Consider joining the Family History Writing Challenge

This February, The Armchair Genealogist, another genealogy blog, and one that I recommend, will be running The Family History Writing Challenge. To participate, you need to make a commitment to write a fixed number of words per day (say 250 or 500) during the 28 days of the month. It sounds like a lot more fun than ice buckets, doesn’t it? Well, it does, except for the minor detail that many of us feel fairly comfortable with the technical task of genealogical research, but when it comes to the prospect of actually writing about our family history, we freeze. We face an empty screen (or piece of paper), thinking we have nothing to say, or at least nothing anyone really cares about.

But wait, why are we studying our family history? Because it’s interesting. One of the most rewarding aspects of family history is learning enough about our ancestors that they begin to seem real to us, and not simply names and dates. We know there’s an interesting story to be told, we just don’t quite know how to start. When you register for the challenge, you will gain access to advice and ideas on how to start writing. And what i just as important, you will be making a commitment. This may not be true of everyone, but it is often simply the act of making a commitment to do something that makes it possible to overcome the mental hurdles that are holding us back. It won’t necessarily solve all your problems, you’ll likely feel tongue-tied at times, or feel that you have nothing to say. But that’s okay, just push through it. Write something. You are always free to revise it, or even just throw it away and start over. But you’re also likely to find that, as you start writing, you have more to say than you ever thought you did.

So, how can you get started? If you’re like me, you’ve already collected a number of stories in the form of newspaper clippings, reminiscences and firsthand accounts written by your ancestors. If you don’t know a few stories about your grandparents or great grandparents, someone in your family probably does. You have most likely compiled a fair amount of information on where your ancestors lived (for example, from census data). Have you ever tried looking up those place names online or in an encyclopedia? Don’t forget to look for its history. What kind of place was New York or London in 1870? How did people live? of course, you’ll want to know what your ancestors did for a living, whether they owned land or a business. Did they hold public office? Fortunately, these are all things that you typically can find in public records. With census records, the questions changed from year to year, so you may not find a detail such as national origin or occupation in one census, but it may be in another. Passenger lists are also a great place to look for information about people’s occupations. When you think about it, wouldn’t you want to know what special skills passengers on an ocean voyage had to offer? You might not need a doctor, a weaver or a blacksmith during the voyage, but it’s likely you will. I know that my second great-grandfather John Woodhouse, who was a tailor, was able to earn extra money en route to America by doing tailoring work for the officers – and he did not have much when his family left Liverpool.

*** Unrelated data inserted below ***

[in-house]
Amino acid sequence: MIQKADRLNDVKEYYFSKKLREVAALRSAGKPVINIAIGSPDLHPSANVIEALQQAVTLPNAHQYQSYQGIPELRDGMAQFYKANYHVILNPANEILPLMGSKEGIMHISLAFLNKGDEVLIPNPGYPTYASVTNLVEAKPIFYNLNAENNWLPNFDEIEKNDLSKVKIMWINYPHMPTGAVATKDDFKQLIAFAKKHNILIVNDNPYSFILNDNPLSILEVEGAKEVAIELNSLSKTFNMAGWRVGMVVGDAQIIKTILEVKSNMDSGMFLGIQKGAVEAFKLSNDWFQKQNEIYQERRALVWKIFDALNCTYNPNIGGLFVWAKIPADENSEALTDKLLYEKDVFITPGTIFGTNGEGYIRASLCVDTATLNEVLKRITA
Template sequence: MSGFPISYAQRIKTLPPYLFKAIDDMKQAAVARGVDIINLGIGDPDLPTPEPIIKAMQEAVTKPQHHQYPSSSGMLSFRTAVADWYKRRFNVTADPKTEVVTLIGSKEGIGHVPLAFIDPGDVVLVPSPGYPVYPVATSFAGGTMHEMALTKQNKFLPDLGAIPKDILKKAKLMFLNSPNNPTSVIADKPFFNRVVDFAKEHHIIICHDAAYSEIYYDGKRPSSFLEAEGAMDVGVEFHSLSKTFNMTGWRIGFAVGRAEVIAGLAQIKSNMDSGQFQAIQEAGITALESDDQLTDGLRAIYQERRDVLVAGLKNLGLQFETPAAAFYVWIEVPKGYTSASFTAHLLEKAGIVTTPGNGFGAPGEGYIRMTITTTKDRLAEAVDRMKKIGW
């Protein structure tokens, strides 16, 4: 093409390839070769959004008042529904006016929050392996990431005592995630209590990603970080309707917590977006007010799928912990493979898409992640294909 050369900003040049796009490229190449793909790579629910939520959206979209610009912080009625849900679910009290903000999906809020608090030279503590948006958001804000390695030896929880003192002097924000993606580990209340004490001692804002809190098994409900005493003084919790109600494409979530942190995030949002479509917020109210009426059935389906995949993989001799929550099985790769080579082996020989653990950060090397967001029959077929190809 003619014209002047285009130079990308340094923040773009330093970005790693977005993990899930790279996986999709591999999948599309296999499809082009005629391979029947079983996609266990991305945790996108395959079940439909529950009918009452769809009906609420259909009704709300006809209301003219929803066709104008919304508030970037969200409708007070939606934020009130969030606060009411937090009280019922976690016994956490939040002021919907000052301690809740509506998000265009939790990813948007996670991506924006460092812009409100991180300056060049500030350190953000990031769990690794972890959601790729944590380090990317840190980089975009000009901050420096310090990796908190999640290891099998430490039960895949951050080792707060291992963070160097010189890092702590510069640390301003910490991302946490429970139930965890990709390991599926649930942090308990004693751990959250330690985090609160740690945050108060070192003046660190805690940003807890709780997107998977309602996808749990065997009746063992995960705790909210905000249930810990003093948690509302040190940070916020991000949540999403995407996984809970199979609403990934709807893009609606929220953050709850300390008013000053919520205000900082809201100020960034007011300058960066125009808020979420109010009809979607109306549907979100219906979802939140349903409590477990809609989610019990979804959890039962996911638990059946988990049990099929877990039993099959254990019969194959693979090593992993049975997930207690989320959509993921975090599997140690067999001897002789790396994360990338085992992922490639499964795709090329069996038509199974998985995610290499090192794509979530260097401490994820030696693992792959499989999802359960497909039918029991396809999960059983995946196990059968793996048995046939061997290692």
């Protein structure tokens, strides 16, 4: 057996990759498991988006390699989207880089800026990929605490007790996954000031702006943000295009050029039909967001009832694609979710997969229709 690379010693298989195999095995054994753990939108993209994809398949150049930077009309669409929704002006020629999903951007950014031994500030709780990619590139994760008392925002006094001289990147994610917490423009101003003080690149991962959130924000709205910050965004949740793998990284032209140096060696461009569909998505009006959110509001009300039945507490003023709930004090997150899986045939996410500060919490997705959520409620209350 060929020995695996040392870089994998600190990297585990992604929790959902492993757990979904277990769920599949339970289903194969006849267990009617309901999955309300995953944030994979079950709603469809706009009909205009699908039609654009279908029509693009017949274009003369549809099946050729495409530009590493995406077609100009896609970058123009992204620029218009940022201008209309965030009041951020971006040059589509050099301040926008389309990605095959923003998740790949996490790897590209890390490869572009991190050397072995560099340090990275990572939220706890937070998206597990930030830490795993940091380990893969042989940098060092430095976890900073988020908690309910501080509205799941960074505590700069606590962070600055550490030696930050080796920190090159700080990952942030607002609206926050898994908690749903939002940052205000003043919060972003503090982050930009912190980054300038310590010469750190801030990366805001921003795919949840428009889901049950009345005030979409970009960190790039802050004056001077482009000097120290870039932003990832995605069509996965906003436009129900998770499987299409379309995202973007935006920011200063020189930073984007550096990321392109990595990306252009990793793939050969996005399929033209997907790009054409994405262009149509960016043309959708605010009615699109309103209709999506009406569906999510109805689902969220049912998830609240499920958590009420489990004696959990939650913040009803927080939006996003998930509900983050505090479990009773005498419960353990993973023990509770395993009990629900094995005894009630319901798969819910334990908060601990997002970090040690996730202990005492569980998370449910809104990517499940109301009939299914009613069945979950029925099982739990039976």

Of course, everyone is different, and what is important to your family story – and how you tell it – may not be that important to another person. But that’s okay: just start collecting pieces. You don’t need to have a clear idea of the story line when you start. Writing is a discovery process. And that, by itself, is a very good reason to start writing.

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